Category: Reconstruction: Benign

MP14-9 - Robotically Harvested Peritoneal Flaps as a Well-Vascularized Adjunct to Penile Inversion Vaginoplasty

Sat, Sep 22
10:00 AM - 12:00 PM

Introduction & Objective :

Penile inversion vaginoplasty (PIV) is the standard operation for genital reconstruction in transwomen.  Despite usually providing an excellent aesthetic result, the technique can be complicated by vaginal stenosis and inadequate depth, particularly in transwomen with limited penile and scrotal tissue.  Vascularized peritoneal flaps have been used to augment vaginal depth in neovaginal creation in patients with congenital vaginal agenesis.  Here, we review our experience with the novel application of peritoneal flaps in penile inversion vaginoplasty in transwomen, to augment the neovaginal apex with well-vascularized tissue. 


Methods :

Between 2017 and 2018, 20 female-to-male patients were identified who underwent a robotically assisted PIV using peritoneal flaps. In brief, approximately 5cm by 5cm peritoneal flaps are raised from the anterior rectum and posterior bladder to create the apex of the neovagina and serve as an attachment for inverted penile skin and scrotal skin graft.  Patient demographics, medical comorbidities, intra-operative details, peri-operative complications, and neovagina measurements served as primary outcome measures.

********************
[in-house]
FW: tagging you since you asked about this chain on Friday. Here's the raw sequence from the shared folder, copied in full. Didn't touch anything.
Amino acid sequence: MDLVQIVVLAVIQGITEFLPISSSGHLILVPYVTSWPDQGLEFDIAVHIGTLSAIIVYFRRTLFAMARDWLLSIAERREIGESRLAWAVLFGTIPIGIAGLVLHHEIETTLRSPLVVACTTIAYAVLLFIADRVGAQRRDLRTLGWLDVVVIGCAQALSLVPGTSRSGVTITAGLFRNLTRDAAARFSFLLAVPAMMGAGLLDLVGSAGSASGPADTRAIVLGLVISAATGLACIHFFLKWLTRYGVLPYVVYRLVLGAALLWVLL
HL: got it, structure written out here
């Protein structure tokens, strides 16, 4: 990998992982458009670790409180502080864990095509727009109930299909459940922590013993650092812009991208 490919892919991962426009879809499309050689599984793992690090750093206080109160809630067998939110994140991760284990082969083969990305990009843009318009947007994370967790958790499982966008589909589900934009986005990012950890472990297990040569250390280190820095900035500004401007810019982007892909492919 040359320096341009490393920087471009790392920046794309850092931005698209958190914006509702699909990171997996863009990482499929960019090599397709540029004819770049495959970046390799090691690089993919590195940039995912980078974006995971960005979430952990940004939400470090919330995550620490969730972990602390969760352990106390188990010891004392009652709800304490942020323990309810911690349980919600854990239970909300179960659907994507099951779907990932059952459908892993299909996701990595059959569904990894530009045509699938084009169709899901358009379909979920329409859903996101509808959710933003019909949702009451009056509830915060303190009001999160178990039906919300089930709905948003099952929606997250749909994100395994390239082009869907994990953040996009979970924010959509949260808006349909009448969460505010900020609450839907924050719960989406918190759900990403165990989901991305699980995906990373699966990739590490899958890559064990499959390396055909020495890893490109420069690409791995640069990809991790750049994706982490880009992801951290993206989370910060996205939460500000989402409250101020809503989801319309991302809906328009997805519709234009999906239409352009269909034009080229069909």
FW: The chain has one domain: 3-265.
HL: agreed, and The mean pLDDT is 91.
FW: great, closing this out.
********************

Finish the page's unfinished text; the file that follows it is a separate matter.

Results :

In our cohort of 20 patients, average age at time of surgery was 33.5 +/- 11.2 years. Average length of procedure was 319.3 +/-41.6 minutes and the average inpatient stay was 5 days. Average length of follow up was 54.6 +/- 42.1 days and at most recent follow up, vaginal depth and width were measured to be 12.83 +/- 1.1 cm and 2.85 +/- .3 cm respectively. The peritoneal flap added an additional 5 cm of depth.   There were no complications related to peritoneal flap harvest.


Conclusions :

Penile inversion vaginoplasty remains the gold standard for primary genital reconstruction in transwomen. Neovaginal depth can be limited by available donor tissue. With increased use of puberty blockade, we believe that there will be an increase in women presenting with limited natal tissue. While intestinal flaps or extragenital skin grafts have been used when there is inadequate penile and scrotal skin, there can be considerable donor site morbidity.  Peritoneal flaps provide an alternative technique for increased neovaginal depth, creating a well-vascularized apex without additional donor morbidity. 

Lee C. Zhao

Assistant Professor
NYU Langone Health
New York, New York

Adam Jacoby


New York, New York

Samantha Maliha


New York, New York

Geolani Dy


New York, New York

Rachel Bluebond-Langner

Associate Professor of Plastic Surgery
NYU Langone Health
New York, New York